High levels of ozone a major component of smog may increase the risk of a burst appendix, according to a new study from Canada.
Researchers found that people's risk of a burst appendix rose by 22 percent with every 16-part-per-billion increase inozone levels over the previous seven days. Ozone levels typically ranges between 0 ppb on good air quality days, to more than 300 ppb on days considered to have a "very unhealthy" air quality index.
The finding means the increased risk is significant but modest, said study researcher Dr. Gilaad Kaplan, a gastroenterologist at the University of Calgary. "The effect size suggests that air pollution isn't the only factor, though it may be one piece of the puzzle."
About one in 15 people will develop appendicitis over the course of their lifetime, according to the researchers. Patients with appendicitis can experience an inflamed appendix or a burst one, which doctors refer to as a perforated appendix.
The same researchers reported an association between air pollution and appendicitis in a 2009 study of about 5,000 people in Calgary[S2].
In the new study, researchers looked at more than 35,000 people hospitalized for appendicitis across 12 Canadian cities between 2004 and 2008. On average, the patients were 30 years old at diagnosis. The researchers calculated average concentrations of ozone for each city during the week before each patient was hospitalized with appendicitis.
A number of ozone sources, including fossil fuel combustion, electricity generation and industrial activity, can contribute to levels of the air pollutant. Because it is created when pollutants from these sources interact with sunlight in the atmosphere, ozone levels in many regions tend to be higher in the summer months.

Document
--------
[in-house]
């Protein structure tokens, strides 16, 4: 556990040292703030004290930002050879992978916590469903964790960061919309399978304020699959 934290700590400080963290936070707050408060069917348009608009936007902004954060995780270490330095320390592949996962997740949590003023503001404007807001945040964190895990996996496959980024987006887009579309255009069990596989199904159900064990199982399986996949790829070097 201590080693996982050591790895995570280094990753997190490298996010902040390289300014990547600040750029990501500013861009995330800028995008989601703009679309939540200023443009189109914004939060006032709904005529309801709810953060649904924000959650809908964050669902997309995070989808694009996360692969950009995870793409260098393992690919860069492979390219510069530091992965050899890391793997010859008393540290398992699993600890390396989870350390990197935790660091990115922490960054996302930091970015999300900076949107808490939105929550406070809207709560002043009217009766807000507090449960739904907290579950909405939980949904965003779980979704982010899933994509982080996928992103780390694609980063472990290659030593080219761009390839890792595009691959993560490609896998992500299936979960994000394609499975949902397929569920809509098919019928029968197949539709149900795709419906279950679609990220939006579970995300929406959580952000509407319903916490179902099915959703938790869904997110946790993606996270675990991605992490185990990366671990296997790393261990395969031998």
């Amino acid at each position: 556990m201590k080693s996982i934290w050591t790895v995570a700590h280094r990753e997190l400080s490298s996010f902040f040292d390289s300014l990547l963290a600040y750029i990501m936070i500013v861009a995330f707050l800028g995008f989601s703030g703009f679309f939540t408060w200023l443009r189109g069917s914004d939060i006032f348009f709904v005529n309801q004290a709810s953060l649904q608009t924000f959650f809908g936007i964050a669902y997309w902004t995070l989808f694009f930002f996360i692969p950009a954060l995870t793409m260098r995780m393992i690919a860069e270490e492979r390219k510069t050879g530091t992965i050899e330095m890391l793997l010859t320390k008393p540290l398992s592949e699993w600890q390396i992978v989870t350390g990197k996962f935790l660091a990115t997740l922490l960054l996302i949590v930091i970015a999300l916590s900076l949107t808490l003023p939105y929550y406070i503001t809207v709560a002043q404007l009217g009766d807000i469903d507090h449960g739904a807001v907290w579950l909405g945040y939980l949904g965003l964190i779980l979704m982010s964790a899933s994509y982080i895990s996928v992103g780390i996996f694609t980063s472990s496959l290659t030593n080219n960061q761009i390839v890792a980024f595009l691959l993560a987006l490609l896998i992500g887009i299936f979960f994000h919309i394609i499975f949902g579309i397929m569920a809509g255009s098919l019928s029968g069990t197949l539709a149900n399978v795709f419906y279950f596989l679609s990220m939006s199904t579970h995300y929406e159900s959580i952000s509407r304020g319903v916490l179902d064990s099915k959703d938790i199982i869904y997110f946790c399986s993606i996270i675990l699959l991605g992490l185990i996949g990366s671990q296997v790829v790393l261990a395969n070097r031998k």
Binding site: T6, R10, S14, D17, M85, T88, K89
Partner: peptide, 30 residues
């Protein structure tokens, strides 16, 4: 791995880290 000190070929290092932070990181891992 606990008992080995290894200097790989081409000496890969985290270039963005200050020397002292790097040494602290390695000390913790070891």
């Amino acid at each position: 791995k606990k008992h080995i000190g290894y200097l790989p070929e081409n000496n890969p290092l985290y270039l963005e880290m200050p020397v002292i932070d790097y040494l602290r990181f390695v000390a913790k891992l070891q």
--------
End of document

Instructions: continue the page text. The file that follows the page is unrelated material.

The study found no significant association between ozone levels and risk of inflamed (but not perforated) appendix.
"This study highlights a previously unrecognized association between air pollution and an increased risk of perforated appendicitis, said Dr. Robert Glatter, emergency physician at Lenox Hill Hospital in New York. Glatter was not involved in the current study.
While the researchers accounted for known appendicitis risk factors, such as age and sex (appendicitis is most commonly diagnosed in younger people and men), they cannot say whether some other factor for which they did not account may have influenced the results.
For instance, ozone was measured only at a regional level. People could have been exposed to more or less pollution depending on their habits, travel patterns and the amount of time spent outdoors each day.
While the study presents "an interesting association, more research is needed before recommendations can be made," Glatter said.
The researchers said it isn't clear exactly how air pollution may increase the risk of a burst appendix. It is possible that exposure to air pollution could increase inflammation in people already starting to develop appendicitis. One study in mice suggested that exposure to air pollutants may alter levels of intestinal microbes that help maintain a healthy gut, which could leave the digestive tract more prone to infection.
The major risk factor for a burst appendix is a delay in diagnosis. Most cases present as abdominal pain that worsens over 24 to 36 hours, though some cases of ruptured appendix happen very quickly with little warning.
A burst appendix is a medical emergency requiring immediate abdominal surgery, Kaplan said.
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